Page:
Okay, so this is cheating somewhat. Albania was never part of the Former Yugoslavia, but certainly had significant, and alarmingly recent history overlap with parts of the bloc. None-the-less, as a neighbour of Montenegro, Kosovo and North Macedonia, whilst itself often overlook as a tourist destination despite being a Mediterranean paradise of mountains and beaches, it can have an honorary mention on this list. As part of our visit to the Christmas market in the capital Tirana in 2019, we took a tour out to Berat. With its ethnographic museum within an old Ottoman-style house and its castle on a plateau overlooking both the old and new cities, Berat has a lot to offer to any curious tourist. It’s most famous landmark is across the river from the old city, the ‘City of a Thousand Windows’. As you look across the water which is spanned by Gorica Bridge, the facias of hundreds of white house stare back. It’s an unusual sight and hard to identify whether it’s a deliberate characteristic or simply a coincidence. Unfortunately, the mountain behind the houses doesn’t allow for a comparative photograph from the other side!
Where is Berat?
4. Waterfalls where Europe’s East meets West
Bosnia-Herzegovina is one of the world’s most fascinating countries that seems to have a bit of everything. If you’ve read our tales of adventure to the country in 2018 and 2019 then you will already know that we’ve become absolutely infatuated with the place. Unfortunately, Bosnia is more famously associated with the wars and conflicts that gripped the region as recently as the mid-1990s. Today though, this country is incredibly welcoming and hospitable and has so much to offer. Enter Kravica Waterfalls. Summer temperatures in the Herzegovina region of Bosnia can exceed 40 degrees, and whilst the snakes are a little more common that I would prefer, the draw of waterfalls is always going to be too strong to resist. Kravica is perhaps best seen as the little brother, and an extension of the National Parks in Croatia, Krka and Plitvice. Accessible? Yes. Affordable? Very. Easy to get to from the UK? With a little effort. Dubrovnik on Croatia’s south coast, and Podgorica in Montenegro both have international airports that fly direct to and from the UK, and both are surprisingly close to this haven in Bosnia’s western corner. Oh, and while you’re making the effort, make sure to visit the incredibly unique towns of Blagaj and Mostar just up the road while you’re there!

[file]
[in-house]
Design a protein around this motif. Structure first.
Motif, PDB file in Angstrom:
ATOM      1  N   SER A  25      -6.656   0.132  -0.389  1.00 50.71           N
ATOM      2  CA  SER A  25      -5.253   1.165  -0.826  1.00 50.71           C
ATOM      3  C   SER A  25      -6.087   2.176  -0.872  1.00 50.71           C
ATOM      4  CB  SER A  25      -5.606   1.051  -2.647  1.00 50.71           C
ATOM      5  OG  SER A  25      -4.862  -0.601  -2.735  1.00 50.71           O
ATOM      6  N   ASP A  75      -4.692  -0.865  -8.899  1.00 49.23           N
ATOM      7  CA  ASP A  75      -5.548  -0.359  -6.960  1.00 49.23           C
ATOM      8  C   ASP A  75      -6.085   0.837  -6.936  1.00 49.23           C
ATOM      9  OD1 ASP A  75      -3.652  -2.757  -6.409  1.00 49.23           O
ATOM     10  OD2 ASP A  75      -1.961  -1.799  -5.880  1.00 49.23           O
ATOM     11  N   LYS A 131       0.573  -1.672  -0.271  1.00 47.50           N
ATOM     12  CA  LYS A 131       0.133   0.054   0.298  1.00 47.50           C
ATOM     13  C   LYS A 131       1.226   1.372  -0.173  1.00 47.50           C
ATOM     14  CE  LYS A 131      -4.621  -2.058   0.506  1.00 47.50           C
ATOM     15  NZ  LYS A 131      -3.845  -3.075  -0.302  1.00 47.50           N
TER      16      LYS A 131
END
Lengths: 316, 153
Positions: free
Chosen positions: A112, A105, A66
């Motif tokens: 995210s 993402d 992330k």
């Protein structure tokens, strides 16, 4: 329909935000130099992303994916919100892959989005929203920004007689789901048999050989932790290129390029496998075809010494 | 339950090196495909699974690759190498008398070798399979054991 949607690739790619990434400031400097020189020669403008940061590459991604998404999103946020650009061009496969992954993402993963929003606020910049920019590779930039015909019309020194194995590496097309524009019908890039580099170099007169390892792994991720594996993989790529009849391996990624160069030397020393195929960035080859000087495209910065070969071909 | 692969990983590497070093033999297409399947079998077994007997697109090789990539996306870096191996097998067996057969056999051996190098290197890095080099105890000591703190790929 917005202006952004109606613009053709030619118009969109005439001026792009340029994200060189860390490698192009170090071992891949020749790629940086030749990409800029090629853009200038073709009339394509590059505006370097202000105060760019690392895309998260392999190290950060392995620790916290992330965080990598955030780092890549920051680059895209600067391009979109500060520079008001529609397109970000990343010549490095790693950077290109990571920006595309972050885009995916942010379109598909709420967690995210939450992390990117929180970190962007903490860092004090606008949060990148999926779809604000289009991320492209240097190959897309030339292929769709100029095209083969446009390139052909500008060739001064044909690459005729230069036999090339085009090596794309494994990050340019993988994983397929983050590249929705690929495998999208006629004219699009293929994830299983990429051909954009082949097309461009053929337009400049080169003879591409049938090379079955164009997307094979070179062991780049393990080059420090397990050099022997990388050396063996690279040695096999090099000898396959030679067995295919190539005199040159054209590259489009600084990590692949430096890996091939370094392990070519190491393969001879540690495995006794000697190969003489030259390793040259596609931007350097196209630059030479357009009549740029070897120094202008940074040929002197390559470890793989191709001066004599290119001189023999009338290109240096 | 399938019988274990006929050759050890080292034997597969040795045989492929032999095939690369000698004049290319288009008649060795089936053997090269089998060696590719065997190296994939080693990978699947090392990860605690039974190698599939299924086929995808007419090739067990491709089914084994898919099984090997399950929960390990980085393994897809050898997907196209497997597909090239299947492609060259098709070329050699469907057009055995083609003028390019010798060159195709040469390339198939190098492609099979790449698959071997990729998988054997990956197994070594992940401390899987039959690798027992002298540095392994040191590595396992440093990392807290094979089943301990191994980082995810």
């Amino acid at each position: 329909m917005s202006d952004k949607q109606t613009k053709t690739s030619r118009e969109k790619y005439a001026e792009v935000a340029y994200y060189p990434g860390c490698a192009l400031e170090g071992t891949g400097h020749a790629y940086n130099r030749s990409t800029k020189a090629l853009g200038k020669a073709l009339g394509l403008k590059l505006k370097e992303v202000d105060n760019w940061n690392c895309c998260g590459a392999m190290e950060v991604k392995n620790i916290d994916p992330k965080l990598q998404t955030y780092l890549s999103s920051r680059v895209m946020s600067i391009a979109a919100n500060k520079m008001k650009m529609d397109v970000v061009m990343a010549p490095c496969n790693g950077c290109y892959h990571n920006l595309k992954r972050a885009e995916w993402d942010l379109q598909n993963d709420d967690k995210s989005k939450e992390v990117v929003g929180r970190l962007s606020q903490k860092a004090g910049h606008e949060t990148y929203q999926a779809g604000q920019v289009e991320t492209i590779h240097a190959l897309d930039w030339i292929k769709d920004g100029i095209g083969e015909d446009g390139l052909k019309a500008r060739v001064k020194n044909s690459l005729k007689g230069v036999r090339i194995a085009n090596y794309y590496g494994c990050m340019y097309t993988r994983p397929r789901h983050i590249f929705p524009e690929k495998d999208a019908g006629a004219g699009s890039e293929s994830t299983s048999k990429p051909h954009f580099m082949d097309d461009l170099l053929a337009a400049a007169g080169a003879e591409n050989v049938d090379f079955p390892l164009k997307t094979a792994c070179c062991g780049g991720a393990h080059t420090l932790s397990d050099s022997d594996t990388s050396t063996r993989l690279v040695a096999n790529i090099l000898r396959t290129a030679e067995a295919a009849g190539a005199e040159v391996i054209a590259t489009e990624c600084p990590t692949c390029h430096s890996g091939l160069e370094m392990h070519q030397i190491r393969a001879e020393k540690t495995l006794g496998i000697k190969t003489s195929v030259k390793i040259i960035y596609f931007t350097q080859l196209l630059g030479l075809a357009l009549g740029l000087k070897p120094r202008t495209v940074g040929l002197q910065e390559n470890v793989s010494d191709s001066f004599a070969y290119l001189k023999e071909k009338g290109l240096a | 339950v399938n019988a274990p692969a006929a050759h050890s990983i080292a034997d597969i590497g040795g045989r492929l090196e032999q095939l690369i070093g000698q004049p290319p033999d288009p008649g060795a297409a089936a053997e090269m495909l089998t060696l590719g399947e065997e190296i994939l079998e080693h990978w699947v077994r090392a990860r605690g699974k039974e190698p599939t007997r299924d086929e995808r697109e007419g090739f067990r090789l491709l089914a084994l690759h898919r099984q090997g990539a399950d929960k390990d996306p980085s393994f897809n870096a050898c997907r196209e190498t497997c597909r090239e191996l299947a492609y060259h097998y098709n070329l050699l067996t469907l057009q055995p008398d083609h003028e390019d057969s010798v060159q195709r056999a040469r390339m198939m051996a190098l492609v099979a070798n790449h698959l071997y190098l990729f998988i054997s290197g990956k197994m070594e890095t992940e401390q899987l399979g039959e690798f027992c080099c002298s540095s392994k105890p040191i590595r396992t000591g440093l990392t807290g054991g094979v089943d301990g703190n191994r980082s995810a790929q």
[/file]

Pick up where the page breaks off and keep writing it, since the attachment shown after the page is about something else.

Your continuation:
Where is Kravica?
Looking to visit Kravica Waterfalls or elsewhere in Bosnia-Herzegovina? Our friends at Mostar Travel Agency provide excellent tours and transfers across the region. Clicking here to visit their website and find out more!
5. Four-Legged Friends in the Kosovo Countryside
(Four Paws Bear Sanctuary, Prishtina, Kosovo)
Kosovo is widely associated with conflict and politics. Having technically only become an independent country in 2008, something which is still in dispute with some nations, Europe’s newest country comes as a truly unique experience. It’s most popular tourist attraction is the Bear Sanctuary just outside of the capital Prishtina. Bears, which can be found in the wild across the Balkans, were not deemed illegal to be kept as pets and, by association, exhibits in restaurants and bars until the 2010s. Now a large rural site in the Kosovo countryside houses a number of large brown bears, living out their lives in luxury, whilst exhibits and educational boards highlight the plight and rescue that these beautiful animals underwent. It doesn’t stop there, as despite the legal and political challenges that come with operating in the country still looking to fully establish its independence with some, Four Paws continually look to support and care for animals in neighbouring countries as well as its own. Something for the animal lovers for certain!
Where is Four Paws Bear Sanctuary?
Article and images by Tom McBeth